When will Austin Water lift the boil water advisory?


Austin City Council Mayor Pro-Tem Alison Alter Calls for an External Audit of Austin Water.

Around 8 a.m. Saturday, increased turbidity, or cloudiness, was detected at Austin Water’s Ullrich Water Treatment Plant. An Austin Water spokesperson said “Austin Water personnel narrowed the cause down to an internal operational issue,” meaning human error.

Austin Water issued a boil water advisory to residents around 7:30 p.m. Saturday.

FOX 7 Austin asked an Austin Water spokesperson why a boil water advisory was not issued for nearly 12 hours. They replied “Boil water advisories must be issued within 24 hours of the incident in accordance with TCEQ regulations, which take into account exposure to potential contaminants.”

As of 4 p.m. Tuesday, no contaminants had been detected according to Austin Water.

They state that the boil is “precautionary”. FOX 7 Austin asked for clarification on TCEQ’s notification protocol on Tuesday, their spokesperson returned this response:

A boil water advisory (BWN) is issued as a precaution or advisory to protect consumers from drinking water that may have been contaminated with disease-causing organisms (also known as pathogens). BWNs are typically issued when an unforeseen condition has caused the potential for biological contamination of drinking water in a public water system.

The public water system must issue a BWN as soon as possible, but in no event later than 24 hours after meeting any of the criteria listed below, as specified by 30 Texas Administrative Code (TAC) 290.46(q) (1).

BWNs are instituted by PWWs as specified by 30 TAC 290.46(q) in the event of:

– low dispensing pressures (less than 20 pounds per square inch (psi)),
– water cuts,
– microbiological samples containing E. coli,
– failure to maintain adequate disinfectant residues,
– high turbidity of finished surface water,
– or other conditions that indicate that the potability of the drinking water supply has been compromised.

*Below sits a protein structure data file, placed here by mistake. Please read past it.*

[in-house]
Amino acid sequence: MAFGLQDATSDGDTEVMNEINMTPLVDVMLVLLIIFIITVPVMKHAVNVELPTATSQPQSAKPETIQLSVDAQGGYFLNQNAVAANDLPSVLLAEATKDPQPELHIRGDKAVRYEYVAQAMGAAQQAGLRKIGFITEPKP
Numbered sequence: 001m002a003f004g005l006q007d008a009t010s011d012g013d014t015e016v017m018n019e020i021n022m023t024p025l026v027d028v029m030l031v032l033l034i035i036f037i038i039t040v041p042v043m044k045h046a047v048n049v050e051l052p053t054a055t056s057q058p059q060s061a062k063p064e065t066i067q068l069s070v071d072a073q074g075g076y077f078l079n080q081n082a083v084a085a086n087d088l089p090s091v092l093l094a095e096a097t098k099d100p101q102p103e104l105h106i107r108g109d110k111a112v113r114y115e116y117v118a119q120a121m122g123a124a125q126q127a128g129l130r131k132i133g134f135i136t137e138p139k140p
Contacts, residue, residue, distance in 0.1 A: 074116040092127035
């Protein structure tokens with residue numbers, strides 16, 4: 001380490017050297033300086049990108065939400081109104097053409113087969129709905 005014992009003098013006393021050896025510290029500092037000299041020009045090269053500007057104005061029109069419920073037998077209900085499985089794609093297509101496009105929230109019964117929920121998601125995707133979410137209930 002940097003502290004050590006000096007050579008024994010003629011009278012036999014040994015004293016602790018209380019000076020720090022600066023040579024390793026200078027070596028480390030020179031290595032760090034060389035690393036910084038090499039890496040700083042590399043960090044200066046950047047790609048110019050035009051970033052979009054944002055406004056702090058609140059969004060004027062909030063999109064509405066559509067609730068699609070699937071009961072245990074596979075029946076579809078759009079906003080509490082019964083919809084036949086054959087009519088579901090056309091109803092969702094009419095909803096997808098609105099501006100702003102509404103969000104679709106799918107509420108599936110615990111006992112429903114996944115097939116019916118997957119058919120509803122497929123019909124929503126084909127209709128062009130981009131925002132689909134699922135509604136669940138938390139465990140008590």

This is the third boil water advisory issued by Austin Water in four years.

“At this point, we don’t know what we don’t know, and we need to have independent eyes on Austin Water to help us understand the nature of the pattern we’ve seen. It’s not lost on me this is our third boil water advisory in four years,” Alter said.

Five members of the podium expressed their support for an external audit. Alter said she hopes to have a resolution on the board’s agenda for their meeting next Thursday.

“Why does this keep happening in Austin? You know, we’re a big city, and it looks like we’d be a lot further along or pay more attention,” Austinite Dee Sullivan told FOX 7 Austin at a civic event. water supply point.

City sources told FOX 7 Austin that the lab testing the water did not confirm it had received the necessary samples until around midnight Tuesday. The addition of Austin Water officials had hoped to lift the boil water advisory Tuesday afternoon or early evening.

At 4 p.m., the laboratory had still not provided its results to the TCEQ. The TCEQ must give Austin Water the go-ahead to lift the boil water advisory.

The water company had said it expected to lift the advisory between 7 p.m. and 9 p.m. Tuesday, but wrote in a tweet around 9 p.m. that it was still awaiting test results.

“We share our entire community’s frustration and regret that all of this is necessary. Austin Water crews are fully invested in lifting the boil water advisory as soon as possible,” the tweet read. “We are waiting for all test results to be reviewed by TCEQ.”

Boil water advisory affecting Austin restaurants and schools
Water crisis continues in Austin as medical experts issue their own warning
The citywide boil water advisory will likely be lifted by Tuesday

SUBSCRIBE: Daily newsletter | Youtube
TO FOLLOW: Facebook | instagram | Twitter


Comments are closed.